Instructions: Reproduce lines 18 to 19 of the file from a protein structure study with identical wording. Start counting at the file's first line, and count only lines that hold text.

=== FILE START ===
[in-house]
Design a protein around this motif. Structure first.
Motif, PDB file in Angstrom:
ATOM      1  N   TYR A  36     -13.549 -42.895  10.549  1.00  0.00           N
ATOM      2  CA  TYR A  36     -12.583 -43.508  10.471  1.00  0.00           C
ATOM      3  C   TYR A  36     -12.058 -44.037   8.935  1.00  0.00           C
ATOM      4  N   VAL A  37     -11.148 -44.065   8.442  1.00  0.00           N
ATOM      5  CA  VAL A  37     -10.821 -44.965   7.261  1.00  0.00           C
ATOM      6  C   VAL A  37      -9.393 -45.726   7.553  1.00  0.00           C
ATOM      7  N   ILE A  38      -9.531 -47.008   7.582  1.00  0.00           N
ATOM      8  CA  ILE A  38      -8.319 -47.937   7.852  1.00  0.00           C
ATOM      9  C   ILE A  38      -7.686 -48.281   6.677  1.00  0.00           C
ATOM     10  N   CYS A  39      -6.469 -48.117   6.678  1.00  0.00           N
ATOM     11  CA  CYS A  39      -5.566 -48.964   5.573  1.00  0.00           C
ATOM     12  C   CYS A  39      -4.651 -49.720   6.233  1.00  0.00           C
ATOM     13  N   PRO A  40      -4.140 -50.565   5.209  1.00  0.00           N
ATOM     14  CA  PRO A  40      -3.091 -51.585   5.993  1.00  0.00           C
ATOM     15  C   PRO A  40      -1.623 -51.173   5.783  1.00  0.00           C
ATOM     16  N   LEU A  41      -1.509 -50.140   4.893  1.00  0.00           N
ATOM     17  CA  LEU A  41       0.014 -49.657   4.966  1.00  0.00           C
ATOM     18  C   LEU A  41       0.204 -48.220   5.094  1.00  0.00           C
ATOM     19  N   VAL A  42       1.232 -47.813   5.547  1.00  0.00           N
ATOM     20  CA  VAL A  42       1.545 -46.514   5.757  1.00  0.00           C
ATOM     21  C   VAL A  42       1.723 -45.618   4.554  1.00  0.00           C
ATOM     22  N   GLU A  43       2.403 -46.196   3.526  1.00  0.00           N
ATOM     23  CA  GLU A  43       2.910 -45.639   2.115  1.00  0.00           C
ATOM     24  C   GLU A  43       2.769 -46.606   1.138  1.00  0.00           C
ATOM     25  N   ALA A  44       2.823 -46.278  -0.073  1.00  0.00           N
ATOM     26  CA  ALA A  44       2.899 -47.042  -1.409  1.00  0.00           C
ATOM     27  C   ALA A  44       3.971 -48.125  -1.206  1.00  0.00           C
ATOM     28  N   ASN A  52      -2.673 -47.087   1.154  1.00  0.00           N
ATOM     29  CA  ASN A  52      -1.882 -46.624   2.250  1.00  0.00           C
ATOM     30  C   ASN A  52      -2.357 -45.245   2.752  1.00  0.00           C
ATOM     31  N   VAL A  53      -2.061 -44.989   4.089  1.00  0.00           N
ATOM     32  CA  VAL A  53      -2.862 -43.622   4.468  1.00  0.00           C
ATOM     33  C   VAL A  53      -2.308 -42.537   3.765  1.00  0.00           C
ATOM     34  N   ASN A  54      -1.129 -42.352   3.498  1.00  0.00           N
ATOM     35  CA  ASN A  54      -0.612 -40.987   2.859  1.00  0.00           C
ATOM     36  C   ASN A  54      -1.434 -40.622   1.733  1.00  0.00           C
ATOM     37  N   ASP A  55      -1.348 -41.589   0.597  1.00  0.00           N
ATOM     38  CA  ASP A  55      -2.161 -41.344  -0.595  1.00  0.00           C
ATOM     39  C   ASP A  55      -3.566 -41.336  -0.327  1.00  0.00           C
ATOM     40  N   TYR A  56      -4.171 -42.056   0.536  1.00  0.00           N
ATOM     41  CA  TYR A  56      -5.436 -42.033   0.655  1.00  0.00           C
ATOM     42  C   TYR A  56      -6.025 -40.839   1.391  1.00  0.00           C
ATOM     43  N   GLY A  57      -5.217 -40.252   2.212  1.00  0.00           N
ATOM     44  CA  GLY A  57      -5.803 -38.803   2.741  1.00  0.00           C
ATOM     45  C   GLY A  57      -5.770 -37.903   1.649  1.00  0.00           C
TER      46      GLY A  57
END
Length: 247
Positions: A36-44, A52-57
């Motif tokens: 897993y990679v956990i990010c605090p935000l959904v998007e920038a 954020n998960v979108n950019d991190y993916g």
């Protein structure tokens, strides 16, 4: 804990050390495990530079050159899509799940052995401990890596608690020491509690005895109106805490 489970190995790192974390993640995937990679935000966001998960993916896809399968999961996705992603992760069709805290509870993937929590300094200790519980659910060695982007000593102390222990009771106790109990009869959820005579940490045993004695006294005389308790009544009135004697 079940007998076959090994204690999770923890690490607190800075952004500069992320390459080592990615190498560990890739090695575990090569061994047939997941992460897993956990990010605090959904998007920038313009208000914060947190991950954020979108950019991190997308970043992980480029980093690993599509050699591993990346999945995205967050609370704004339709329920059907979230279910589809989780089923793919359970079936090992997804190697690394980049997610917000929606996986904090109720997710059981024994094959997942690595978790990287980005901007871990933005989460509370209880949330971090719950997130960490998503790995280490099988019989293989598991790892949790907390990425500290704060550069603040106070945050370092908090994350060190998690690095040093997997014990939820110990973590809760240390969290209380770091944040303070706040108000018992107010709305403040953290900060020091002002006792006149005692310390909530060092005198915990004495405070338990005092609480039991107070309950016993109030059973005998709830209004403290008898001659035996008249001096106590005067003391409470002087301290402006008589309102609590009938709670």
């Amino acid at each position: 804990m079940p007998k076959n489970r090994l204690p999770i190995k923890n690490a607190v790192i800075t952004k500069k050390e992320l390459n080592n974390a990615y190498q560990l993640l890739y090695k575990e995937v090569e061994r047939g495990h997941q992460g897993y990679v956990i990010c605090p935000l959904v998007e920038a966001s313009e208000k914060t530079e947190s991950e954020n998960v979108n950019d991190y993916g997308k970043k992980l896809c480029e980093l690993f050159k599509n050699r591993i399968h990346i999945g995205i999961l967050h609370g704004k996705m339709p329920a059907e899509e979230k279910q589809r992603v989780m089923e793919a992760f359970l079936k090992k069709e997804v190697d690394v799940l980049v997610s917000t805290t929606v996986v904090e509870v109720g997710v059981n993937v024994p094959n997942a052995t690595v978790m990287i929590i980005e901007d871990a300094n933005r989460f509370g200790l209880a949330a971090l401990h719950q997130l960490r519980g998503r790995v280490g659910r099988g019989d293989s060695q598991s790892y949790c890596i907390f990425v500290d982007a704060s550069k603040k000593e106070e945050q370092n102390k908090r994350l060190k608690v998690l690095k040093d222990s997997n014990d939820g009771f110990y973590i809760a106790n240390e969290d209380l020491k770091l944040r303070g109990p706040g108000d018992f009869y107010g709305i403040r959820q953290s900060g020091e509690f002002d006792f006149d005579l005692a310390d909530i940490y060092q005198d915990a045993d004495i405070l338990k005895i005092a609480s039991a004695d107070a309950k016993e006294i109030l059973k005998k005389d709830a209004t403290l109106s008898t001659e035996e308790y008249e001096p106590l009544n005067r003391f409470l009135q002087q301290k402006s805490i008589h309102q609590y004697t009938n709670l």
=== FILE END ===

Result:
ATOM     15  C   PRO A  40      -1.623 -51.173   5.783  1.00  0.00           C
ATOM     16  N   LEU A  41      -1.509 -50.140   4.893  1.00  0.00           N